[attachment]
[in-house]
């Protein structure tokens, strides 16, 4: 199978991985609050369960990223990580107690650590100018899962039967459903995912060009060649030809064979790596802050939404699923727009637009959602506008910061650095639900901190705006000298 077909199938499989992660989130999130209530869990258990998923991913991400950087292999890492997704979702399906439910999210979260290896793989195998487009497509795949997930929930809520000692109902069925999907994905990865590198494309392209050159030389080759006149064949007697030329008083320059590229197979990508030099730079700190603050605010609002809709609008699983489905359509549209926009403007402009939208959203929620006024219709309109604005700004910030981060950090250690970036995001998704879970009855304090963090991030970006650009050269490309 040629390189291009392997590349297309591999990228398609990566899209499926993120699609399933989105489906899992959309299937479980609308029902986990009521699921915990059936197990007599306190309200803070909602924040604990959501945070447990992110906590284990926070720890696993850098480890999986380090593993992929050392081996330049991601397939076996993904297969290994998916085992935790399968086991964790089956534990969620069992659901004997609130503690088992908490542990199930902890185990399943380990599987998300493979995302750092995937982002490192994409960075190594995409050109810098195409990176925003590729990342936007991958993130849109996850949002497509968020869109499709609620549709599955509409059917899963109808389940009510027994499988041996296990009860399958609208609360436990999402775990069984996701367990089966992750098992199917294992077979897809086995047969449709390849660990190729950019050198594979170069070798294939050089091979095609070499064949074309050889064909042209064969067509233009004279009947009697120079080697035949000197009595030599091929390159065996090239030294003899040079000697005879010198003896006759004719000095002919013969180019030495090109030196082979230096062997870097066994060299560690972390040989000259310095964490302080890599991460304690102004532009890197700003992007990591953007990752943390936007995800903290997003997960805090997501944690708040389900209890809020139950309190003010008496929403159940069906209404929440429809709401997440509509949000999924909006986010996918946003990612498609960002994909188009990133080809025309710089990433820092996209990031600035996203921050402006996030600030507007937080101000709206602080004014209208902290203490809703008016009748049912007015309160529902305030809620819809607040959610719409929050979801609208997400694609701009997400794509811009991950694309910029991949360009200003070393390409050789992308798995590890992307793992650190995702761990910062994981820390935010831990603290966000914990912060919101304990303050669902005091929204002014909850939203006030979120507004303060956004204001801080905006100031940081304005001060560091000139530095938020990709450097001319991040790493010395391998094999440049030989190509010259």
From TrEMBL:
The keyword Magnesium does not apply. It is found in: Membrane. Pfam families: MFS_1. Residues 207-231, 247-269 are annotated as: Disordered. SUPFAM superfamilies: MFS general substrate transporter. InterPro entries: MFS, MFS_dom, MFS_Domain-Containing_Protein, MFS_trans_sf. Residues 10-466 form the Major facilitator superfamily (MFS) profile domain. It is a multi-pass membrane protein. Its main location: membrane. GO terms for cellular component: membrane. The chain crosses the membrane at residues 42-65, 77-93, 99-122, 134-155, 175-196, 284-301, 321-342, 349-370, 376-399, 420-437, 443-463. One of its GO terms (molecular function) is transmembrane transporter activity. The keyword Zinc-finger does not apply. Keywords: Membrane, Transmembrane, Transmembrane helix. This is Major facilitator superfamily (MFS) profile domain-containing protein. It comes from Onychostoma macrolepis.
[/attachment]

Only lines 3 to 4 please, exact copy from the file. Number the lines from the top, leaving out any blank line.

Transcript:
From TrEMBL:
The keyword Magnesium does not apply. It is found in: Membrane. Pfam families: MFS_1. Residues 207-231, 247-269 are annotated as: Disordered. SUPFAM superfamilies: MFS general substrate transporter. InterPro entries: MFS, MFS_dom, MFS_Domain-Containing_Protein, MFS_trans_sf. Residues 10-466 form the Major facilitator superfamily (MFS) profile domain. It is a multi-pass membrane protein. Its main location: membrane. GO terms for cellular component: membrane. The chain crosses the membrane at residues 42-65, 77-93, 99-122, 134-155, 175-196, 284-301, 321-342, 349-370, 376-399, 420-437, 443-463. One of its GO terms (molecular function) is transmembrane transporter activity. The keyword Zinc-finger does not apply. Keywords: Membrane, Transmembrane, Transmembrane helix. This is Major facilitator superfamily (MFS) profile domain-containing protein. It comes from Onychostoma macrolepis.